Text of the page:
New data released by the U.S. Census Bureau and the Department of Housing and Urban Development, combined with recent NAHB survey data, show that home buyers in the bottom one-fourth of the market have been squeezed entirely out of the market for new construction due to a mismatch between actual prices of new homes and prices that buyers expect to pay.
As a result, these buyers have been forced to look exclusively in the stock of existing homes — where the inventory of homes available for sale remains in a historically low range at a 2.5-month supply, with a six-month supply typically acting as a balanced market.
NAHB tabulation of recently released data from the HUD/Census Bureau Survey of Construction shows that the median price of single-family homes started in 2020 and built for sale was $336,000. The vast majority (79%) were priced between $250,000 and $1 million. Virtually none were under $150,000 (only 1% between $100,000 and $150,000 and none were under $100,000).
In contrast, the 2021 edition of NAHB's What Home Buyers Really Want (based on a representative sample of 3,247 recent and prospective home buyers conducted in the summer of 2020), showed the median price buyers expect to pay for a home is about $265,000. Half are looking to pay $250,000 to $1 million, and one-fourth are looking to pay less than $150,000.
In other words, in 2020 new construction was providing essentially no product for the bottom one-fourth of the home buying market. Moreover, in 2021 the situation is likely to be worse, given that the median price of a new home in May 2021 was up 18% from a year earlier, at $374,400.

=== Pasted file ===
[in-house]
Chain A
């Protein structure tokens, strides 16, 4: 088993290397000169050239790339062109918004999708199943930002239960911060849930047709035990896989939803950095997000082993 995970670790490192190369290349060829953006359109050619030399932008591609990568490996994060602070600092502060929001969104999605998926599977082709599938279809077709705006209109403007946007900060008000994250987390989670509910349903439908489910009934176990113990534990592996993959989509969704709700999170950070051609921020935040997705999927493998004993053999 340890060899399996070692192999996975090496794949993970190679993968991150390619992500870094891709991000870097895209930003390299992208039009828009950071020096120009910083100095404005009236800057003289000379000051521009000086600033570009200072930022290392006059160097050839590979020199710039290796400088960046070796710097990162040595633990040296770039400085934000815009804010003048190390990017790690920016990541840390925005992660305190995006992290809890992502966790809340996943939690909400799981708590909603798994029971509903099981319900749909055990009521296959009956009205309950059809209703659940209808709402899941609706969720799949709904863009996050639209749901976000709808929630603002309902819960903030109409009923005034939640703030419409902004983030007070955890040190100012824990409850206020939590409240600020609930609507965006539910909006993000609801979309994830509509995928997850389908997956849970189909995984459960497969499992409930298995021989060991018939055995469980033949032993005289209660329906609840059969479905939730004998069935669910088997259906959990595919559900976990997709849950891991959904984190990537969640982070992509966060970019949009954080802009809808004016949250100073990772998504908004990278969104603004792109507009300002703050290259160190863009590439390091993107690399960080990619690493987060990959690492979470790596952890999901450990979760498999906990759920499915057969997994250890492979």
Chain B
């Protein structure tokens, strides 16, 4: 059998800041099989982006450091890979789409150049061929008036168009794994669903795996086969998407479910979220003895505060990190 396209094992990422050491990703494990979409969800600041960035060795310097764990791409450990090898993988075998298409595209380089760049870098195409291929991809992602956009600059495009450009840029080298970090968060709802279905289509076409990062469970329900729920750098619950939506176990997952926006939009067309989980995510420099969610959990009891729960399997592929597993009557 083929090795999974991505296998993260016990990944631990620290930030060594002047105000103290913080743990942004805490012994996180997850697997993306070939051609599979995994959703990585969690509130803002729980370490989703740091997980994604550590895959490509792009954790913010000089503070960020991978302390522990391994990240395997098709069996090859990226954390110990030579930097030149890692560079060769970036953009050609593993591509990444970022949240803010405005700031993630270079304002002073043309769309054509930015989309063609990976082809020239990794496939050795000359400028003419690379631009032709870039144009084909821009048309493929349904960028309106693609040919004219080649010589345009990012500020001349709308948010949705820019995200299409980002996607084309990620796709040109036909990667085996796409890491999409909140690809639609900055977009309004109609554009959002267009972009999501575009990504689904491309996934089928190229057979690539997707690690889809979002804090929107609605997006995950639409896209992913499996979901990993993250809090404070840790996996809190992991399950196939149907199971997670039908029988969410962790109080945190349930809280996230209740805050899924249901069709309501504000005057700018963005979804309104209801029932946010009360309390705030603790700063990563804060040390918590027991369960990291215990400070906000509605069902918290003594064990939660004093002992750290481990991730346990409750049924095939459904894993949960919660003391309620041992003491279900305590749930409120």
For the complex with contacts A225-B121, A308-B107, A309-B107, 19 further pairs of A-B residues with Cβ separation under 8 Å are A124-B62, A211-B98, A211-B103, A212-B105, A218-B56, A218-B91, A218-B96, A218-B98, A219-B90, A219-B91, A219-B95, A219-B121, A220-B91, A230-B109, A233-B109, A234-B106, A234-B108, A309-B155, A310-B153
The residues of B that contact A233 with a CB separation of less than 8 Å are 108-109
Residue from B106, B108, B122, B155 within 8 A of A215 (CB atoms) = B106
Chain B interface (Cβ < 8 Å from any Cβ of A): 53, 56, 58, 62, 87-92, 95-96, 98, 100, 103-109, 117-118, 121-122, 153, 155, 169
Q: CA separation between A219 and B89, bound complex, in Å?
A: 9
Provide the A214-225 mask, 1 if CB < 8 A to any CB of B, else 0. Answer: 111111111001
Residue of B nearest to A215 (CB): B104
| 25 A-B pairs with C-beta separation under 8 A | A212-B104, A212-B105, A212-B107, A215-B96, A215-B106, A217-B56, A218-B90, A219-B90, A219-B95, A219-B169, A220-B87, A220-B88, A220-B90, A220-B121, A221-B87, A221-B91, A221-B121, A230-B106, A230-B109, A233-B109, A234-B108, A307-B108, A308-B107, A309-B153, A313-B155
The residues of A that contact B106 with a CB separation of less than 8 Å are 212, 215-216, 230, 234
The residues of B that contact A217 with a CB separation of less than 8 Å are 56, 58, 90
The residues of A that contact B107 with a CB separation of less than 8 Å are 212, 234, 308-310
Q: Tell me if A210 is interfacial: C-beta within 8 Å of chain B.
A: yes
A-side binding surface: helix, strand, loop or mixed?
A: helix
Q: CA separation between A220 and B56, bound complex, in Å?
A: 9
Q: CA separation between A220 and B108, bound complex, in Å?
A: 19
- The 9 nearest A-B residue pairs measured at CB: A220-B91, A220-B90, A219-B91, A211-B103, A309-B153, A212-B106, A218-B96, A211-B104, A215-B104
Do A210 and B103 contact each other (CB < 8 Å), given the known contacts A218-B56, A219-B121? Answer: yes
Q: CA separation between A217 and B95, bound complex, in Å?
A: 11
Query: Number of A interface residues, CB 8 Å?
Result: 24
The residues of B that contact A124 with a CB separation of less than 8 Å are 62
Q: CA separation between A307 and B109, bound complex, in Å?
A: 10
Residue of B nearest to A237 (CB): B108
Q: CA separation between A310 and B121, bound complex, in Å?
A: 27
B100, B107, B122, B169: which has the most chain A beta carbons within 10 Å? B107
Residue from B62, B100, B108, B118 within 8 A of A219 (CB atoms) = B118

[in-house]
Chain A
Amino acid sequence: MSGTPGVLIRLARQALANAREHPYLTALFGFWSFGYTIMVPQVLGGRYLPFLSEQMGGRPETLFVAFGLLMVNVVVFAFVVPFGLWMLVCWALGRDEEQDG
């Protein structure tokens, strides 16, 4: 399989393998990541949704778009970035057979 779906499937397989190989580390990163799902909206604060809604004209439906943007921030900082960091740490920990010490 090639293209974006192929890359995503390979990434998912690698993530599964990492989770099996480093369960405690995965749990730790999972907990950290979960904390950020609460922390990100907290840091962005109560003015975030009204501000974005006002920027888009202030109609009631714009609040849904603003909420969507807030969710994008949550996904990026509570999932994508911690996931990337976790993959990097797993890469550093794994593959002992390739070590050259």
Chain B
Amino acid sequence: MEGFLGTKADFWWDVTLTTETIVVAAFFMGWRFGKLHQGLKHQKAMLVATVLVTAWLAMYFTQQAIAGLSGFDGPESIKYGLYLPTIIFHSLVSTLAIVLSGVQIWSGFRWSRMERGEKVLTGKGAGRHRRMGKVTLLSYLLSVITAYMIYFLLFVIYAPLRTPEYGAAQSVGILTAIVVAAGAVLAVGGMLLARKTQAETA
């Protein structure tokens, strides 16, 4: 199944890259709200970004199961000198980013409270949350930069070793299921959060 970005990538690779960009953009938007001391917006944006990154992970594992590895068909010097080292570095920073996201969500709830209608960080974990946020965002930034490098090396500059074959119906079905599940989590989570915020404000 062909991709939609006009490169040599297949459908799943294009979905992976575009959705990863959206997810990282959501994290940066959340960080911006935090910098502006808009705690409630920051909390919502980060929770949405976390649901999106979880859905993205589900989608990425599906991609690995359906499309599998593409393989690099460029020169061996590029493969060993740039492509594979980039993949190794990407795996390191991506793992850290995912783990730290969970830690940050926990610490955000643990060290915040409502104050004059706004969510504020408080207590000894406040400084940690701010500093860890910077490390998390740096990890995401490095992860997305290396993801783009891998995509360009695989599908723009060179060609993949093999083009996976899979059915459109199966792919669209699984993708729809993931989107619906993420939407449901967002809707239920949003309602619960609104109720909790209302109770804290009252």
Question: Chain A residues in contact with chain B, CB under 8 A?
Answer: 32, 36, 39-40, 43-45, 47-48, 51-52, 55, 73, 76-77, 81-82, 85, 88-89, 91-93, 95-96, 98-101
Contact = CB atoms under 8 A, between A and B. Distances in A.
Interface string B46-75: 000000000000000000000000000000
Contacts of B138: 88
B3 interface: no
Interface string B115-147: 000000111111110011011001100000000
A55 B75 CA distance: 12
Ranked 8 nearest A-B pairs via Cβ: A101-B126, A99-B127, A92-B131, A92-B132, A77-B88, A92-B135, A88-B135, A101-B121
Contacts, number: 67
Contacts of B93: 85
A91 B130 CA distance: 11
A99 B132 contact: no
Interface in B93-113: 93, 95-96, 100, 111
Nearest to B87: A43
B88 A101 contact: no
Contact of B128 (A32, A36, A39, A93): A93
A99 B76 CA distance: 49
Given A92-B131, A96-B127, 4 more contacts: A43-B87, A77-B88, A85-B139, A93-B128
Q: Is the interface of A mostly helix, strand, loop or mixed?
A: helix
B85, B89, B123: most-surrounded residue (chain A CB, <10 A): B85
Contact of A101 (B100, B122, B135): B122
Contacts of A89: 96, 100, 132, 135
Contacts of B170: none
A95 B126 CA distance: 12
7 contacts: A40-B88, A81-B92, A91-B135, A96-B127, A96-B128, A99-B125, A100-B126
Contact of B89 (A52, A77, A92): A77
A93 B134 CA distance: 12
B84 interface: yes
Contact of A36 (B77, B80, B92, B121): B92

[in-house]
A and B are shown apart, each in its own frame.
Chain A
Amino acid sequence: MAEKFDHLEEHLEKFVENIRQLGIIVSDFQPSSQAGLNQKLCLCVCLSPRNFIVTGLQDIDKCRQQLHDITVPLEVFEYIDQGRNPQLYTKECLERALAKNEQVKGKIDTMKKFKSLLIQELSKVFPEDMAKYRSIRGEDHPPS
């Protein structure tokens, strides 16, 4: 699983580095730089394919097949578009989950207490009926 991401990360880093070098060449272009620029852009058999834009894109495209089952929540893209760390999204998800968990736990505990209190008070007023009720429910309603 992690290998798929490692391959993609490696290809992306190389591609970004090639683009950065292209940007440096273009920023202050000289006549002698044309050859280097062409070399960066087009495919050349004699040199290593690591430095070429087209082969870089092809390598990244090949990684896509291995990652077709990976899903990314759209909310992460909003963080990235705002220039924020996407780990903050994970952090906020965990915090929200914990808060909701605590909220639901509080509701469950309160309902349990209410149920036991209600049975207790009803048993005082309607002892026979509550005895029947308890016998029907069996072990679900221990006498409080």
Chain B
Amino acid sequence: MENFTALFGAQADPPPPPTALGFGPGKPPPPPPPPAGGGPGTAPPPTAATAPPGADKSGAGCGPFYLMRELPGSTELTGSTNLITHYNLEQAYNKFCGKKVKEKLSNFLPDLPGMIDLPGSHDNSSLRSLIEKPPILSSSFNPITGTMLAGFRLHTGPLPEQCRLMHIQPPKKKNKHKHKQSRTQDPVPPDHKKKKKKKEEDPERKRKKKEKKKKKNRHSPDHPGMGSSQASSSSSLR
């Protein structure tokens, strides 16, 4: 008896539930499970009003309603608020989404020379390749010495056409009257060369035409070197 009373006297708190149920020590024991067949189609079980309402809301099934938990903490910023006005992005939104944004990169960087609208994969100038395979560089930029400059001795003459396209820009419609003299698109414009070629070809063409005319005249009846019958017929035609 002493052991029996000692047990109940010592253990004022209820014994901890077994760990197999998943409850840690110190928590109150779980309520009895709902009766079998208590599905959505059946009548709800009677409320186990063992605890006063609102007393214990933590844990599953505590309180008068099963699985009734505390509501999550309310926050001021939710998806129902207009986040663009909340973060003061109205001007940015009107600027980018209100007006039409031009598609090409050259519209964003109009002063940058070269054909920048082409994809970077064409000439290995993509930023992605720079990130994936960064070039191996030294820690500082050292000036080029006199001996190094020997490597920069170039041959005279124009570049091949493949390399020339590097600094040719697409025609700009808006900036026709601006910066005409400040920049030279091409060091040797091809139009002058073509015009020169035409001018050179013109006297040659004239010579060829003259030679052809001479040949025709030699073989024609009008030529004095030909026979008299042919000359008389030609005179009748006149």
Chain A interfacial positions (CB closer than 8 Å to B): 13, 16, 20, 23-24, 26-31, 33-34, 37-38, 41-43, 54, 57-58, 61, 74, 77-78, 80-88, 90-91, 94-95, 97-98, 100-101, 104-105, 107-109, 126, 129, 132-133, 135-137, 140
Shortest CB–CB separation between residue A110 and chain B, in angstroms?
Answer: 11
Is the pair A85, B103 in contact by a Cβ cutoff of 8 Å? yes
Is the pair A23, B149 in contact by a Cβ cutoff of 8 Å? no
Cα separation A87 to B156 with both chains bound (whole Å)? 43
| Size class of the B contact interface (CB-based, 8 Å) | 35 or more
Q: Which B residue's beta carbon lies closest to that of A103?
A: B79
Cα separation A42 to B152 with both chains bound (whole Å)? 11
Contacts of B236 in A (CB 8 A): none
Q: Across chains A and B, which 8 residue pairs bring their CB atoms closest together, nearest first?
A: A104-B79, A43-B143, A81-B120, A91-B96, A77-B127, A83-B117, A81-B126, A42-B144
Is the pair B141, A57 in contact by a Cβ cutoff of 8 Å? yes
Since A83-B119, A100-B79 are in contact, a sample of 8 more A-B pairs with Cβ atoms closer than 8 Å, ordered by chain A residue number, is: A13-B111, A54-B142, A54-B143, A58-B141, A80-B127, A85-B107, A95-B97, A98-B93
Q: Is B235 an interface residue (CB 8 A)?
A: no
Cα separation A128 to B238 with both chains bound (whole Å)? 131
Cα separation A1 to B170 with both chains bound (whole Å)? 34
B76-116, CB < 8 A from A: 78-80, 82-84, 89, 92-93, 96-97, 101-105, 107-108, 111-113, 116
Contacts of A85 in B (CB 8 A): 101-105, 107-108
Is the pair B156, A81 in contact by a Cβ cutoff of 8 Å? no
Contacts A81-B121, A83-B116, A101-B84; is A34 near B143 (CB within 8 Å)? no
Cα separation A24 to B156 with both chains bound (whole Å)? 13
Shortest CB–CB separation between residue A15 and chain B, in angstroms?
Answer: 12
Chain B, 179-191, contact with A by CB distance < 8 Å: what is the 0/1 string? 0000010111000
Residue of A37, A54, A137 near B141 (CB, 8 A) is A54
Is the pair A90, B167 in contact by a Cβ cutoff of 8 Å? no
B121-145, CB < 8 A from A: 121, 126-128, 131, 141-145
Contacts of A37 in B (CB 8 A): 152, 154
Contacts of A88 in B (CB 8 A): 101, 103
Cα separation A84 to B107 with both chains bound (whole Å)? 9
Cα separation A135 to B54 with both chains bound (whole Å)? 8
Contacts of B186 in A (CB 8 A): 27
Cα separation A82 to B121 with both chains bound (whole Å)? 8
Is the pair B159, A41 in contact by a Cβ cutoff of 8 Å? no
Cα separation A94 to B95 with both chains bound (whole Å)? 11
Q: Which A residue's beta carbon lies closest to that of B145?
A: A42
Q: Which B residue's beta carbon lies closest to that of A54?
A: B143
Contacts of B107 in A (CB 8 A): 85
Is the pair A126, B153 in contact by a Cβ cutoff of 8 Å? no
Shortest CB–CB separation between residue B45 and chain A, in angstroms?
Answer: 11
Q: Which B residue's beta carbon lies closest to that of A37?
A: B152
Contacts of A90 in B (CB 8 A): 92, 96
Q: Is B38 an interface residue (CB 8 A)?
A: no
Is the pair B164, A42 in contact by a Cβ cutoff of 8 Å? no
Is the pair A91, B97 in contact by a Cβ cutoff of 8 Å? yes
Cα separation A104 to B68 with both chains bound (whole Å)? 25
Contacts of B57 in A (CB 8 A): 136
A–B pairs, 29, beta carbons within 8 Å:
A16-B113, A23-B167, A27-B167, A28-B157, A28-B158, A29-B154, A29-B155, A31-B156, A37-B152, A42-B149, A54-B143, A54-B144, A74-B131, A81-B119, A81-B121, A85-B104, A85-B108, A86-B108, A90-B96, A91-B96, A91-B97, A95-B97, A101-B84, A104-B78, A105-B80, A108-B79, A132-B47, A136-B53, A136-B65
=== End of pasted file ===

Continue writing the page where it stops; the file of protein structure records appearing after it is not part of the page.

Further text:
In addition to the 25% of buyers looking to pay under $150,000, it is likely that builders in many parts of the country are now unable to accommodate a substantial share of the 22% looking to pay somewhere between $150,000 and $250,000.
The growing affordability crisis is due in large part to supply chain disruptions resulting from the COVID-19 pandemic. The change in lumber costs between April 2020 and April 2021 added more than $35,000 to the price of an average new home. In May, builders reported that material costs in general had increased 26% from a year earlier.
The widespread shortages are not just limited to building materials – builders are also grappling with a dearth of workers, as the number of open construction jobs increased to 357,000 in April. On top of this, NAHB recently estimated that regulation is now accounting for over $93,000 of the price of an average new home.
Buyers unable to find new homes in their price range are also likely to have increasing difficulty finding something in the market for existing homes, which have registered large price hikes as well. The median sales price for existing homes in May was $350,300, up 23.6% from a year earlier, and the 111th consecutive month of year-over-year increases.
NAHB Senior Economist Paul Emrath provides more analysis in this Eye on Housing blog post.